Dodd M.B., Wedderburn M.E., Parminter T.G., Thorrold B.S., Quinn J.M. 2008 Transformation toward agricultural sustainability in New Zealand hill country pastoral landscapes. Agricultural Systems 98 (2) : pp 95-107.


A multi-stakeholder representative group was established to oversee a project examining the economic and environmental performance of a representative North Island hill country catchment farm at Whatawhata in the western Waikato region of New Zealand. The group included representation from landowners, government agencies and scientists. The group was facilitated through an action research approach incorporating three phases: (1) awareness; (2) forecasting; and (3) implementation. The group identified a set of goals and indicators relevant to achieving a “well managed rural hill catchment” The indicators were used to (a) assess the current state of the catchment farm in relation to the goals; (b) evaluate a range of strategies for improving system performance and (c) evaluate progress toward the goals following land use changes implemented within the catchment farm. Key issues for the group included the availability of data and the setting of appropriate performance benchmarks. From both economic and environmental points of view, the existing farm system was failing to meet the goals set by the management group. Key factors driving these outcomes included the physical and productivity limitations of the soil resource, poor livestock performance and poor water quality. A mixture of research observations, decision support models and expert stakeholder knowledge indicated scope for improving performance through forestry, riparian management, erosion control and livestock intensification options. Based on their evaluation of the forecasting results, the group developed a new land use plan, which depended on significant capital investment in land use and enterprise change. Subsequent monitoring of soils, vegetation, water quality, animal production and financial results over four years showed marked improvement in a number of key performance indicators. In particular, sediment and phosphorus loads and faecal coliform levels decreased rapidly, native forest fragments showed early signs of restoration, lamb and beef productivity increased and the per hectare financial returns of the pastoral component increased. Better matching of land use to land capability has led to short-term improvement in some aspects of the economic and environmental performance of the catchment farm. Progress toward a more sustainable agricultural system was achieved, but at a substantial cost for transformation of the biophysical system, which has implications for the wider sector.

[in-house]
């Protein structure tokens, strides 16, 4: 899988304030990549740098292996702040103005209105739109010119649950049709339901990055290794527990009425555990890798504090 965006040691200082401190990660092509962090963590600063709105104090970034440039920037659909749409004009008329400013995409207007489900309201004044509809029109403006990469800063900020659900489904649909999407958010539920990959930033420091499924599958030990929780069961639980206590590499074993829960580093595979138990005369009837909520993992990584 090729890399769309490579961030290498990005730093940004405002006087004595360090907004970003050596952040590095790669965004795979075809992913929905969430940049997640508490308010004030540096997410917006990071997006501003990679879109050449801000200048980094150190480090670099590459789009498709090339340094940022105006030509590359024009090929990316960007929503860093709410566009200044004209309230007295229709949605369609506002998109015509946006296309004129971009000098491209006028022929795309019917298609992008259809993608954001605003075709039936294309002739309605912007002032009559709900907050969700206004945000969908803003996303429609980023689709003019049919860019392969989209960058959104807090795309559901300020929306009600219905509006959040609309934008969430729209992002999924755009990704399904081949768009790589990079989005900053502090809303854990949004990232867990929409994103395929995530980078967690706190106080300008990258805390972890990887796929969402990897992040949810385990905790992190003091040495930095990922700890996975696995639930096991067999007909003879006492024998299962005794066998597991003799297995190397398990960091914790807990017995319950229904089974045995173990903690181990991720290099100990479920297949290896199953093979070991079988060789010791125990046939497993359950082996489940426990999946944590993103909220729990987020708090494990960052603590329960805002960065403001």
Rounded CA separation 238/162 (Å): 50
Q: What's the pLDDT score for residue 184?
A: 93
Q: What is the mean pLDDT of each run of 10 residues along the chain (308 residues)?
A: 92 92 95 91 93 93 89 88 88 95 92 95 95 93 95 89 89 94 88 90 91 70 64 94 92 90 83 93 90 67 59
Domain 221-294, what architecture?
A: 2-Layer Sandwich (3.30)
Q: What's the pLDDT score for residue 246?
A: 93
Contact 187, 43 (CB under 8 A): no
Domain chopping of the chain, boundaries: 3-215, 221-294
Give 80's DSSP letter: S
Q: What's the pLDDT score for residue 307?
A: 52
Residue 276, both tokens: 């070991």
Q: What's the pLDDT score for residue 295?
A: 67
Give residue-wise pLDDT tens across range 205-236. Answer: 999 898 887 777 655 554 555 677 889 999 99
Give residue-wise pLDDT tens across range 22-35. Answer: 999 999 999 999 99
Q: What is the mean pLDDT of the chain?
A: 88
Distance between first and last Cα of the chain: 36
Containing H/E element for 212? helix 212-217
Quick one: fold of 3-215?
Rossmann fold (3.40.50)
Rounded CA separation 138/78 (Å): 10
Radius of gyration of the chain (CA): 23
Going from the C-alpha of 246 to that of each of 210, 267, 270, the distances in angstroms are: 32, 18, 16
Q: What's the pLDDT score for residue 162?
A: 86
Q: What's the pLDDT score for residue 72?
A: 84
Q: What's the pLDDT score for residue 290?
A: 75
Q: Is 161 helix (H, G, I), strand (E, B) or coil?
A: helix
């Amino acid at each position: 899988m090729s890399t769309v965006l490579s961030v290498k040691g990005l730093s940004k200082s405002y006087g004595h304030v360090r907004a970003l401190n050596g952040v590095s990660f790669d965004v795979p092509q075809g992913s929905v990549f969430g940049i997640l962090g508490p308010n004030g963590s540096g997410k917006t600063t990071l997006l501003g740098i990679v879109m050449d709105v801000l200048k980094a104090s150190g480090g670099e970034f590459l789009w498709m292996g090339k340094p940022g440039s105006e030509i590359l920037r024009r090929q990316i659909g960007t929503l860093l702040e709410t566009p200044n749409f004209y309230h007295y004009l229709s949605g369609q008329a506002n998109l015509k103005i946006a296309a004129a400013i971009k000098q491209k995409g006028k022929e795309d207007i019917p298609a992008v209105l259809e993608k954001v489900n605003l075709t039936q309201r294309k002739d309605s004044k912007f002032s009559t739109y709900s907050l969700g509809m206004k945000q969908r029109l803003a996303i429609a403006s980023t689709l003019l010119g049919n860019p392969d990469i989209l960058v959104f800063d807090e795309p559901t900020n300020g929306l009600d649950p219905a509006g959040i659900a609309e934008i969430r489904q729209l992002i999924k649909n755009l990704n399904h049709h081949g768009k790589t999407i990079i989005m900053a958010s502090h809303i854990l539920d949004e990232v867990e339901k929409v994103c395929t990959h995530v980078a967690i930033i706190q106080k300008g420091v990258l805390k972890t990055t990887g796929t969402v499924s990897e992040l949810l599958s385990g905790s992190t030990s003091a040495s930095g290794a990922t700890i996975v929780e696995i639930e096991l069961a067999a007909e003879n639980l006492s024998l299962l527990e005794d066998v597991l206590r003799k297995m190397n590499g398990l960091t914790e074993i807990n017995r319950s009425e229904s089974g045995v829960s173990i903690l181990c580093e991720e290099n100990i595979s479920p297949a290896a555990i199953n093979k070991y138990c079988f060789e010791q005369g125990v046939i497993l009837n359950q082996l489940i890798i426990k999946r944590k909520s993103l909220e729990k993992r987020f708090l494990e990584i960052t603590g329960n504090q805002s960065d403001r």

Keywords: Catchment, Environmental performance, Goals, Hill country, Land use change



2010 Transformations des systèmes d'élevage et du travail des éleveurs. Numéro spécial Cahiers Agricultures, Volume 19, Numéro 5. Coordination éditoriale de Sylvie Cournut, Christine Rawski, Sophie Madelrieux. © Éd. John Libbey Eurotext


Ce numéro thématique des Cahiers Agricultures explore les interactions entre conduite d'élevage, main-d'œuvre, organisation et efficience du travail dans différentes régions du monde (l'Amazonie brésilienne, les montagnes françaises, la Pampa argentine et uruguayenne, le Sahel sénégalais et les montagnes du Vietnam) en abordant des questions telles que la pluriactivité, la place du salariat, le statut des femmes, et le rapport des éleveurs au travail.



2010 Transformations des systèmes d'élevage extensif dans les territoires ruraux. Numéro spécial Cahiers Agricultures, Volume 19, Numéro 2. Coordination éditoriale d’Annick Gibon et Alexandre Ickowicz © Éd. John Libbey Eurotext


Ce numéro thématique des Cahiers Agricultures dresse un ensemble de réflexion sur la fonction de l'élevage dans les territoires. Sur quoi l'élevage est-il attendu dans les années à venir dans ces espaces où il joue aujourd'hui un important rôle économique, un rôle social ou même un rôle d’utilisateurs de ressources sensibles ? Comment pourra-il être présent à ces rendez-vous du futur ? Comment rendre compte de l’élevage comme une pièce maîtresse de devenir des territoires et pas seulement comme un producteur de protéines animales et de gaz à effet de serre ?